GPs concerned by growing stampede for testosterone

Experts call for caution as male menopause myths see 20 per cent rise in prescriptions over three years

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Demand for testosterone is rocketing due to a surge in middle-aged men complaining of a "male menopause", reports The Times.

Prescriptions of the drug have risen by a fifth in three years, while its use in the NHS has more than doubled in a decade as glossy magazines promote the product as "HRT for men".

However, GPs say many of the symptoms men are complaining about can be attributed to age, weight or tiredness and not hypogonadism, or testosterone deficiency.

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Testosterone is being used "rather like oestrogen has been used in women as an 'anti-ageing' product in the past", said Martin Duerden, of the Royal College of GPs.

He added the hormone should be used "very cautiously unless there are clear clinical explanations for hypogonadism other than age".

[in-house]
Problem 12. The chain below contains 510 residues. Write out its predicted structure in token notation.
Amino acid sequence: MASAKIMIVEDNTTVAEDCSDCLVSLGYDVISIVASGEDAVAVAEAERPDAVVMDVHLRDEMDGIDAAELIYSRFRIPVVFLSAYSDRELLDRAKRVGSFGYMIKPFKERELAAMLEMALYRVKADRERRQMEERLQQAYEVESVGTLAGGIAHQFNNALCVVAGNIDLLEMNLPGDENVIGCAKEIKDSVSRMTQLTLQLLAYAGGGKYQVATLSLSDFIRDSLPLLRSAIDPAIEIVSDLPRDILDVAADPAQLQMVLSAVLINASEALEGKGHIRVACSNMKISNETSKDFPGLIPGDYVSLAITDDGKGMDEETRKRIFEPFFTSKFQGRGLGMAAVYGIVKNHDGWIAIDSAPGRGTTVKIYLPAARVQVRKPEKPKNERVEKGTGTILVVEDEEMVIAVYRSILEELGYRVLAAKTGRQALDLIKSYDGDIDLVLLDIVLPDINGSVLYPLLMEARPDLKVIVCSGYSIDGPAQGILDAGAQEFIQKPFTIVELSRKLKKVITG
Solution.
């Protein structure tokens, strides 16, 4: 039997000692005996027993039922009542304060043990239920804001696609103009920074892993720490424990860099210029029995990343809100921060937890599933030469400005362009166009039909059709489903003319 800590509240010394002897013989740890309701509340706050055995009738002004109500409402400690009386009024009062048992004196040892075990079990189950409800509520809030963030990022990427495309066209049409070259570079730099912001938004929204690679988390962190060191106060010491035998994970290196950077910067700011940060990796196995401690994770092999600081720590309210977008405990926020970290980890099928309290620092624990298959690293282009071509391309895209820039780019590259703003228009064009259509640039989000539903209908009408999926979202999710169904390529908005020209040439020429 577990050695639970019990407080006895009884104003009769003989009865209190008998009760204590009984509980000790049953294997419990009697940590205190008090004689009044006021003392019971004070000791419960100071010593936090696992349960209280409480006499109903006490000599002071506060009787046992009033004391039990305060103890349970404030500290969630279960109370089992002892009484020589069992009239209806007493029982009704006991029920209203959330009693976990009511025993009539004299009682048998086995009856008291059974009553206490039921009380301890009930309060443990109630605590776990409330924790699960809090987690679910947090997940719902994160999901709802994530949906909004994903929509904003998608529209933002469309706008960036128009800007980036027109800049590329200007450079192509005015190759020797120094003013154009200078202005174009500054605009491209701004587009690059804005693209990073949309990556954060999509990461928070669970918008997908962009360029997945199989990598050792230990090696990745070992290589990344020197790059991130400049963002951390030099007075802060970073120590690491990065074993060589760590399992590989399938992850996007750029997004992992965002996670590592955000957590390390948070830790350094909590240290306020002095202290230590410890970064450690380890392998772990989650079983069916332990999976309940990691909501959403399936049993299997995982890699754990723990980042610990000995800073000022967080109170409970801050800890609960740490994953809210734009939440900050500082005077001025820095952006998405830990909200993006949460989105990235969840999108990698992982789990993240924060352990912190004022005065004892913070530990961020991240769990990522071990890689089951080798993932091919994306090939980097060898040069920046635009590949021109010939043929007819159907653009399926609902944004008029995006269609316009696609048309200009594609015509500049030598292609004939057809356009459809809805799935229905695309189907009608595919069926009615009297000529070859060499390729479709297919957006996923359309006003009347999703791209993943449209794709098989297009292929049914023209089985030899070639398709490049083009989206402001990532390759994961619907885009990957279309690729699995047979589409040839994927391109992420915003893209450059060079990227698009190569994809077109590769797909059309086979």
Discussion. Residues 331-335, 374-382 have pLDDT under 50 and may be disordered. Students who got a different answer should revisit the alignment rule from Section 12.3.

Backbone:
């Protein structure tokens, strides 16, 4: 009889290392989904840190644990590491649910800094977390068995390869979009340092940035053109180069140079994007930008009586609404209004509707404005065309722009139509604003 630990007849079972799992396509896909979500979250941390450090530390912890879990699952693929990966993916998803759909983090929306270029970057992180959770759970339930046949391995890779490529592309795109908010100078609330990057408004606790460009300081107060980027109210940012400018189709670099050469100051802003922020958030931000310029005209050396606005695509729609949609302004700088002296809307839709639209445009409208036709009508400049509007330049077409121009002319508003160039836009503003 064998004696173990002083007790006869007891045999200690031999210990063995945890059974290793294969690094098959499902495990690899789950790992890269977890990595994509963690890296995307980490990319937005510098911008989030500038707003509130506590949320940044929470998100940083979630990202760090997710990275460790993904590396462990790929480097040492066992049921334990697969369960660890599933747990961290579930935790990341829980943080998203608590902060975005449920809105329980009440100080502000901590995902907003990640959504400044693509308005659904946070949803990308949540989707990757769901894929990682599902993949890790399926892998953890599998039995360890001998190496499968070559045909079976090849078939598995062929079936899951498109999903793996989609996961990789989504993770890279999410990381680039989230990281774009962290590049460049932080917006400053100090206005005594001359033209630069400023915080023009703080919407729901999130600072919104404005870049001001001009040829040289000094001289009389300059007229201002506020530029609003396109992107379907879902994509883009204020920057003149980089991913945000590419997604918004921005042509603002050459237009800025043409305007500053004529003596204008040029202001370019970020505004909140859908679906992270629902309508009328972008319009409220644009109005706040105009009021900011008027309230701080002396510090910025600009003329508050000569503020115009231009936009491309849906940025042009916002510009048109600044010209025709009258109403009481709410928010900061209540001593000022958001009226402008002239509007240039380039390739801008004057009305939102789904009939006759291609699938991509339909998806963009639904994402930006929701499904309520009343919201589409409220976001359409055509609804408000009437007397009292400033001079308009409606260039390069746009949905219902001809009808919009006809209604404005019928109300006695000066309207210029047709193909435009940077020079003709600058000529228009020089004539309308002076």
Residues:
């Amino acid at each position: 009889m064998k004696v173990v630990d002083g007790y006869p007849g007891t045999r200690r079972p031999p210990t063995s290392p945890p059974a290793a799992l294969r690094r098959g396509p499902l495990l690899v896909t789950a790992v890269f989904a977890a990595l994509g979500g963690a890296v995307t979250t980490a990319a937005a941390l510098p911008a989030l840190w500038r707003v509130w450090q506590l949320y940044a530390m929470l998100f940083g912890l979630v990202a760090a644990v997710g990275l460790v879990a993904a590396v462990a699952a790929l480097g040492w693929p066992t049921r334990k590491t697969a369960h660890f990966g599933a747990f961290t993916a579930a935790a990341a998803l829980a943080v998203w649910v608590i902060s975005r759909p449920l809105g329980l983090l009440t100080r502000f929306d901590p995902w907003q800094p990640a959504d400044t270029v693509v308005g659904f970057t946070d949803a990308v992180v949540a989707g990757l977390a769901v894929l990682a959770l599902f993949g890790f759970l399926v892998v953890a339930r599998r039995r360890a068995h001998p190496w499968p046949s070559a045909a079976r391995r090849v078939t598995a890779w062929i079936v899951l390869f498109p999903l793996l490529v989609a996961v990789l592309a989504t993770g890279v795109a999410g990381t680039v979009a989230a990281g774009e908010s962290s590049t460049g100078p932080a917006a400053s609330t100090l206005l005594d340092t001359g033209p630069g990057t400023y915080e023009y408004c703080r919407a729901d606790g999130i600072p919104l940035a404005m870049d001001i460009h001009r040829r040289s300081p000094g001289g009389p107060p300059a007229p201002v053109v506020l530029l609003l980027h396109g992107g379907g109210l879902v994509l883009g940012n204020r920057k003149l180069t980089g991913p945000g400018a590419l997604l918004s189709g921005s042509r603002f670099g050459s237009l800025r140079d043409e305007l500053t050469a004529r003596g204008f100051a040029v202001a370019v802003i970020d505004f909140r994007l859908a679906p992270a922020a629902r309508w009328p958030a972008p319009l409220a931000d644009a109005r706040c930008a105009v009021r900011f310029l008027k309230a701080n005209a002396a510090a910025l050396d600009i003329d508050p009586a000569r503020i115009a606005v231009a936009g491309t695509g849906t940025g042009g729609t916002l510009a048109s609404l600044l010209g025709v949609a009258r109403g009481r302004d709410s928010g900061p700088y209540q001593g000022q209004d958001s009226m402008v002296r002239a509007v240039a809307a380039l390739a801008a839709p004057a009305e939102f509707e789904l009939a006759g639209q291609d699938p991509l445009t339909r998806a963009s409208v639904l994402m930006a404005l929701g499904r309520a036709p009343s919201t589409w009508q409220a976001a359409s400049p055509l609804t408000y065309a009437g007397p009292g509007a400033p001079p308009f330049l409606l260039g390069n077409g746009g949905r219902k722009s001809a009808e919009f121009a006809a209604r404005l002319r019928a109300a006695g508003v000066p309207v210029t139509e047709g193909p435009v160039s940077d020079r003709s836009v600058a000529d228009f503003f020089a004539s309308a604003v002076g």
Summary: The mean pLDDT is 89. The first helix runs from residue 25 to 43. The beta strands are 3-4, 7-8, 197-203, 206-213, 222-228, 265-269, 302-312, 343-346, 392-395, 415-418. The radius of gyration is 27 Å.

Although testosterone does decline gradually with age, men do not undergo the sudden changes experienced by women during the menopause. However, this has not stopped some US companies from promoting a concept of a male menopause that can be reversed through the purchase of male hormone injections.

Experts say it is natural for men to witness a fall in testosterone as they reach middle age. According to Harvard Health, levels drop at a rate of one per cent a year as men reach the age of 40. Those who experience a greater depletion can be said to be suffering from low testosterone.

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